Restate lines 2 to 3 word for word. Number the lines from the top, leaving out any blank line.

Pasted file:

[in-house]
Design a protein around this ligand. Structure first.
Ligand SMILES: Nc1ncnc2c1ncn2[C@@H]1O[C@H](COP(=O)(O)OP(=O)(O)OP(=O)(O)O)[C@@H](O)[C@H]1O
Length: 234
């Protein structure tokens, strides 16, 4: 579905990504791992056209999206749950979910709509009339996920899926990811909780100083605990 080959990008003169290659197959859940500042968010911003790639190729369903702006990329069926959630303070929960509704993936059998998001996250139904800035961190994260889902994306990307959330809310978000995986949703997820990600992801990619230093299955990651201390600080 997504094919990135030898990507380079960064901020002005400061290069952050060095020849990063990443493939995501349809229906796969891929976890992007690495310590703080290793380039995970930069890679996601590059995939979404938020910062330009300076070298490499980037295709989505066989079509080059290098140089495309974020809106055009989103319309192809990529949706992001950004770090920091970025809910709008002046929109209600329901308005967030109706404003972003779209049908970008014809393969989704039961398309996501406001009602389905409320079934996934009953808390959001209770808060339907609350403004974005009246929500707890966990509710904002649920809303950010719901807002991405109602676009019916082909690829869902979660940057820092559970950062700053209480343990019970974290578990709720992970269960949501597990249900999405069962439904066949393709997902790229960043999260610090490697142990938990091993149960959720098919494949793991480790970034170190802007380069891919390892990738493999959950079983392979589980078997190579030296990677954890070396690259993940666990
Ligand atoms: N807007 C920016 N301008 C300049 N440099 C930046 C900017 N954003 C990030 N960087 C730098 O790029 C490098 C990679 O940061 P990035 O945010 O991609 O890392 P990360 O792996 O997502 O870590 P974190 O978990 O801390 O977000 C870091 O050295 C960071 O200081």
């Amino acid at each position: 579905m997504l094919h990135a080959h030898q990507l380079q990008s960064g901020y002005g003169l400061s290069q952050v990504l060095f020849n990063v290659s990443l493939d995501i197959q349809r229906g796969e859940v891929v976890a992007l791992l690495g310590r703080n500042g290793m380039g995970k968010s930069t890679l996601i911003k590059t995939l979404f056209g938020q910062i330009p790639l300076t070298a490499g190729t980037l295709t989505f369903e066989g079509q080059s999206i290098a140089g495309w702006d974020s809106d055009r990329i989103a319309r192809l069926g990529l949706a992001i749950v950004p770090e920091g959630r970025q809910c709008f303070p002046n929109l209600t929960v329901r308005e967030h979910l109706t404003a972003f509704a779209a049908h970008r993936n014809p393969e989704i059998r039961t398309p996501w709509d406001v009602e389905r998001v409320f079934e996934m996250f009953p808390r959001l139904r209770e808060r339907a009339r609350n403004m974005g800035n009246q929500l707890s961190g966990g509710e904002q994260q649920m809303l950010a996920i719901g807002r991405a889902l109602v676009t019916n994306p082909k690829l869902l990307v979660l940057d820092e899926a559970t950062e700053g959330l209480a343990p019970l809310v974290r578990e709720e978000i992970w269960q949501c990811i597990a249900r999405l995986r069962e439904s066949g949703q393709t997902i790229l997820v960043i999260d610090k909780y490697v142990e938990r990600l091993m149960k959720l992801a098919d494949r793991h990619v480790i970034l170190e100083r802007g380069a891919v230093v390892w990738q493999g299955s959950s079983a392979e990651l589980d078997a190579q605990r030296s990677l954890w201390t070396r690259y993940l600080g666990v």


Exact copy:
Design a protein around this ligand. Structure first.
Ligand SMILES: Nc1ncnc2c1ncn2[C@@H]1O[C@H](COP(=O)(O)OP(=O)(O)OP(=O)(O)O)[C@@H](O)[C@H]1O